Midlands Crimestoppers | 1-888-CRIME-SC
Midlands Crimestoppers
Home
News
About
Contact Crime Stoppers
Crime Stoppers FAQ
Donate to Crime Stoppers
Submit a Tip to Crimestoppers (New Window)
Home  |  News  |  RESERVE DEPUTY GRADUATION

RESERVE DEPUTY GRADUATION
Thursday, February 27, 2014

 
LEXINGTON COUNTY, SC - The Lexington County Sheriff’s Department will conduct a graduation ceremony at 6 p.m. on Wednesday, February 26 at the Sheriff’s Department Training Center, 541 Gibson Road, Lexington, for four citizens who successfully completed law enforcement training that will enable the citizens to volunteer their time to work as reserve deputies with the Sheriff’s Department. The four newly appointed reserve deputies will join 22 reserve deputies who already volunteer their time to assist full-time, paid deputies with the Sheriff’s Department.

Lexington County Sheriff James R. Metts said one citizen who successfully completed law enforcement training to serve as a state constable commissioned by the South Carolina Law Enforcement Division (SLED) and one citizen who successfully completed law enforcement training to serve as a reserve officer with the Wagener Police Department also will participate in the reserve law enforcement officer graduation. The state constable and Wagener Police Department reserve officer completed the four-month reserve law enforcement officer training class that the Sheriff’s Department conducted for the four newly appointed reserve deputies.

On Wednesday, Metts said he will appoint the following four persons to serve as reserve deputies with the Sheriff’s Department:
  • Sheldon L. Cooke, Sr., 43, of Columbia. Cooke works as an insurance manager.
  • William “Bill” Rawlings, 73, of Chapin. Rawlings retired from the Westinghouse Electric Corporation.
  • Neil Schmitz, 39, of Lexington. Schmitz works as a paramedic with Richland County Emergency Medical Services and has served as a paramedic for 14 years.
  • Michael Young, 28, of Columbia. Young works full-time as an aircraft armament specialist with the U.S. Air Force.
“Reserve deputies play a vital role in carrying out our agency’s mission of providing professional law enforcement services that enhance the quality of life for all people in Lexington County,” Metts said. “They sacrifice time away from their families in order to supplement the number of full-time, sworn officers who are assigned to road patrol duties with our agency.”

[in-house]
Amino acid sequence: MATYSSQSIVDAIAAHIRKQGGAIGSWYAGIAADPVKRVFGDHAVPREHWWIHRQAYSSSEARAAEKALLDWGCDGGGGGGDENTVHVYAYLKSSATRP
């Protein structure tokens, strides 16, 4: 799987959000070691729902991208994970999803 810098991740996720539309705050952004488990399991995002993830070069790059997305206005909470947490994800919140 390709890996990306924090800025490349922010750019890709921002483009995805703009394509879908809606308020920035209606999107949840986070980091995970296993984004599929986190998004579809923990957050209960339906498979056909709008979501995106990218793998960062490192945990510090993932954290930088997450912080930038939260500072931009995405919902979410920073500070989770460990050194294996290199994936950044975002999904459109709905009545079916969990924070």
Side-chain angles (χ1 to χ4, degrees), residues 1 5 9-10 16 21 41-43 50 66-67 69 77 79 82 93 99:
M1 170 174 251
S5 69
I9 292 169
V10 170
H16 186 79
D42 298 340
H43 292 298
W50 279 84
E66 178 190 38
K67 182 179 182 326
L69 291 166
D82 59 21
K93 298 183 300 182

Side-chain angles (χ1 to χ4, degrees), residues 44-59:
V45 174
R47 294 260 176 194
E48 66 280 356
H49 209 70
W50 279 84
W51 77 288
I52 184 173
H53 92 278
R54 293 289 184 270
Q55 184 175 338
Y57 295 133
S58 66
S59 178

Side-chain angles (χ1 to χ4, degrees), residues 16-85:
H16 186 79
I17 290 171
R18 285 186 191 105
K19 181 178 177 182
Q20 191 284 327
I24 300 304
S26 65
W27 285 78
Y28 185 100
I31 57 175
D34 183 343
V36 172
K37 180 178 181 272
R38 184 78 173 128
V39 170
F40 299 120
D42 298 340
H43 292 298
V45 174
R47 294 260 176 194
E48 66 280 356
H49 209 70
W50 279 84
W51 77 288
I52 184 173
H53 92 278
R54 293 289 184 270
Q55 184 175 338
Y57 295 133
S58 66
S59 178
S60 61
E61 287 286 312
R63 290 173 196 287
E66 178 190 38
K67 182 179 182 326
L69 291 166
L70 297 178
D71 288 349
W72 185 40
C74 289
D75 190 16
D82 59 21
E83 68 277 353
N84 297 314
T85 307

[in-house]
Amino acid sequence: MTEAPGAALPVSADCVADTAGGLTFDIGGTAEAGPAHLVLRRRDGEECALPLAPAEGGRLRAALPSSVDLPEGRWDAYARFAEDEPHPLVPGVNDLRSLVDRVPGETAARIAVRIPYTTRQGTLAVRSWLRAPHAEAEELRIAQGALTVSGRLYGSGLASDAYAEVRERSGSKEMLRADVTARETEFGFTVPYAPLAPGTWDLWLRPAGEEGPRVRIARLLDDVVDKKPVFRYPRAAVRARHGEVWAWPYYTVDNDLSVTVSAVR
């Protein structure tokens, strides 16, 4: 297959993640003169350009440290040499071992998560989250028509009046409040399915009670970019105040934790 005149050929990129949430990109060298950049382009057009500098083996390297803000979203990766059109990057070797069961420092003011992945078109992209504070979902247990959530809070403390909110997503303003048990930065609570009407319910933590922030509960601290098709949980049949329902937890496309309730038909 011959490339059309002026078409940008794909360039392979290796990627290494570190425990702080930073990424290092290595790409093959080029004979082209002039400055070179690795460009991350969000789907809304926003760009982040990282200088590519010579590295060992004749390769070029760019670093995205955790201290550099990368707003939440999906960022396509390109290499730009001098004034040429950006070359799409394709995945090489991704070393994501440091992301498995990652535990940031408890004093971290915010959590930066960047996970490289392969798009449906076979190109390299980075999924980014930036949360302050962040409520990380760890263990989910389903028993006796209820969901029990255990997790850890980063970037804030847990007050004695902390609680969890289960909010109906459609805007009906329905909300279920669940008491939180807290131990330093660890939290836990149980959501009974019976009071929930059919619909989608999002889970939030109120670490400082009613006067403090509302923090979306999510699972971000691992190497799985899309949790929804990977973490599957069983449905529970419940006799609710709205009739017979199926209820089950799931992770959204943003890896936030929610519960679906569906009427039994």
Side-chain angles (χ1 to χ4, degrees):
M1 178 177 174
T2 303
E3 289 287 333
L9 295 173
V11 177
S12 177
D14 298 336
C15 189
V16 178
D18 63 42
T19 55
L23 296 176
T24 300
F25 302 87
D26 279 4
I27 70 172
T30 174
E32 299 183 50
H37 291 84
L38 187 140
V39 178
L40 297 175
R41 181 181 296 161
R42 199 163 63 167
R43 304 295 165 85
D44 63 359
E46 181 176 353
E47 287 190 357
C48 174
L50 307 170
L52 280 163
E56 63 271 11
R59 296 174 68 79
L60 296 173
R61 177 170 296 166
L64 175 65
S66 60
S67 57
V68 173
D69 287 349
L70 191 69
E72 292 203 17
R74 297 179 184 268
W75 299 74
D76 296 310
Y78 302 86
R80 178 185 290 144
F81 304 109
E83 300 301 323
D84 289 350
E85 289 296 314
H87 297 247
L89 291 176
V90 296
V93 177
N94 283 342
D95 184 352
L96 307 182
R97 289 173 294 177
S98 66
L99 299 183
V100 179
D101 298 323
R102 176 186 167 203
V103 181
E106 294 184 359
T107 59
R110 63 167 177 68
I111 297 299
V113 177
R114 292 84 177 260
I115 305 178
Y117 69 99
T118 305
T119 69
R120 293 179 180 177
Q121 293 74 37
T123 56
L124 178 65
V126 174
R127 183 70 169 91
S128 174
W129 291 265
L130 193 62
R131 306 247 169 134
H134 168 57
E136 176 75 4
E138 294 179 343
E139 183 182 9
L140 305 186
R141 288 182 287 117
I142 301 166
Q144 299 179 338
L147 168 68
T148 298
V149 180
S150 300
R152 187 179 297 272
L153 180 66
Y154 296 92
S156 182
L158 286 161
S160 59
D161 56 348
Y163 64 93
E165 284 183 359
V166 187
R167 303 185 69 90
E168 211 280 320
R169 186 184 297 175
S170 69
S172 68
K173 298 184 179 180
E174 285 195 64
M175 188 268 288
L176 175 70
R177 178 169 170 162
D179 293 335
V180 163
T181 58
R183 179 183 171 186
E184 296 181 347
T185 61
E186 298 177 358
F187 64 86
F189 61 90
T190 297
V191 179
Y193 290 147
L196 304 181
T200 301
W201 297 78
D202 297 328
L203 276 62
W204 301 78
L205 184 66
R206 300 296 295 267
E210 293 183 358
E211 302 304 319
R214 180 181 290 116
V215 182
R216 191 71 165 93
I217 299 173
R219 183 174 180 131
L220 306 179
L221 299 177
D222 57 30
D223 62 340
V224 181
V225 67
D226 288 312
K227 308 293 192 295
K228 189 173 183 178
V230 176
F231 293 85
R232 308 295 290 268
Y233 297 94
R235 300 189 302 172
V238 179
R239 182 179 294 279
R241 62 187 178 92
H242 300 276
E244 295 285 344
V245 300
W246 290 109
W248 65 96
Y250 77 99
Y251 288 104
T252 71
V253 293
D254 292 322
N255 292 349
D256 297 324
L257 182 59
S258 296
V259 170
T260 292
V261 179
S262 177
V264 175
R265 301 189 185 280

Robert “Bob” Kuenzli, 66, of Irmo, will serve as a state constable who is commissioned by SLED, Metts said. Kuenzli is retired. Benjamin Willard will serve as a reserve officer with the Wagener Police Department.

Citizens who want to become a reserve deputy can apply by calling the Sheriff’s Department at (803) 785-8230, Metts said. You should ask to speak with someone in personnel.

Applications for a reserve deputy position are available at the Lexington County James R. Metts Law Enforcement Complex, 521 Gibson Road, Lexington, Metts said. Citizens also can download an application for a deputy position online at the Sheriff’s Department web site (www.lexingtonsheriff.com).

Under South Carolina law, reserve law enforcement officers must be 21 or older, with a clean criminal record, Metts said. They must have a high school diploma or its equivalent. Prospective reserve deputies with the Lexington County Sheriff’s Department must pass a background investigation, polygraph examination, drug screening test and physical examination.

South Carolina law requires a reserve law enforcement officer to provide at least 60 hours of service every three months and complete at least four hours of training monthly, Metts said.

In order to be appointed as law enforcement officers, reserve deputies must complete 202 hours of training that is required by South Carolina law and Lexington County Sheriff’s Department policy, Metts said. Reserve deputies must complete training that is comparable to the training that the Sheriff’s Department provides to full-time, sworn officers.

During their first year of service, reserve deputies must complete field training and patrol with a full-time, sworn officer, Metts said. Reserve officers must receive approval from the sheriff before they can patrol on their own. Reserve deputies who are allowed to work on their own must maintain radio contact with and report to a shift supervisor who is a sworn officer.

If you, or someone you know, have any information regarding any crime, you are encouraged to contact Crimestoppers. You could earn a reward up to $1,000.

Anonymous tips can be submitted to Crimestoppers at 1-888-CRIME-SC. Texters can send anonymous tips to CRIMES (274637), and mark the beginning of the message with "TIPSC". Text STOP to 274637 to cancel. Text HELP to 274637 for help. Msg&Data Rates May Apply.


Notice about comments:

Comments left on this site are NOT ANONYMOUS.

Crimestoppers does not take information on crimes here or via standard email because we cannot guarantee your anonymity. Any information sent to us through comments will NOT be acted upon and will be removed. Please call 1-888-CRIME-SC, or use our online tip form to give information anonymously to Crimestoppers.


More from Midlands Crimestoppers



DO NOT attempt to approach, detain, follow or arrest any individual based on this web site's information. As information becomes dated it may become less accurate. Because some wanted persons are being sought for crimes of violence, or are known to be armed, all wanted persons should be considered dangerous. If you have information regarding the identity or whereabouts of any wanted person immediately contact Crime Stoppers or notify your local law enforcement agency.

Site Design & Maintenance:
CharlestonImage.com
CharlestonImage.com

© Copyright Midlands Crimestoppers. All Rights Reserved.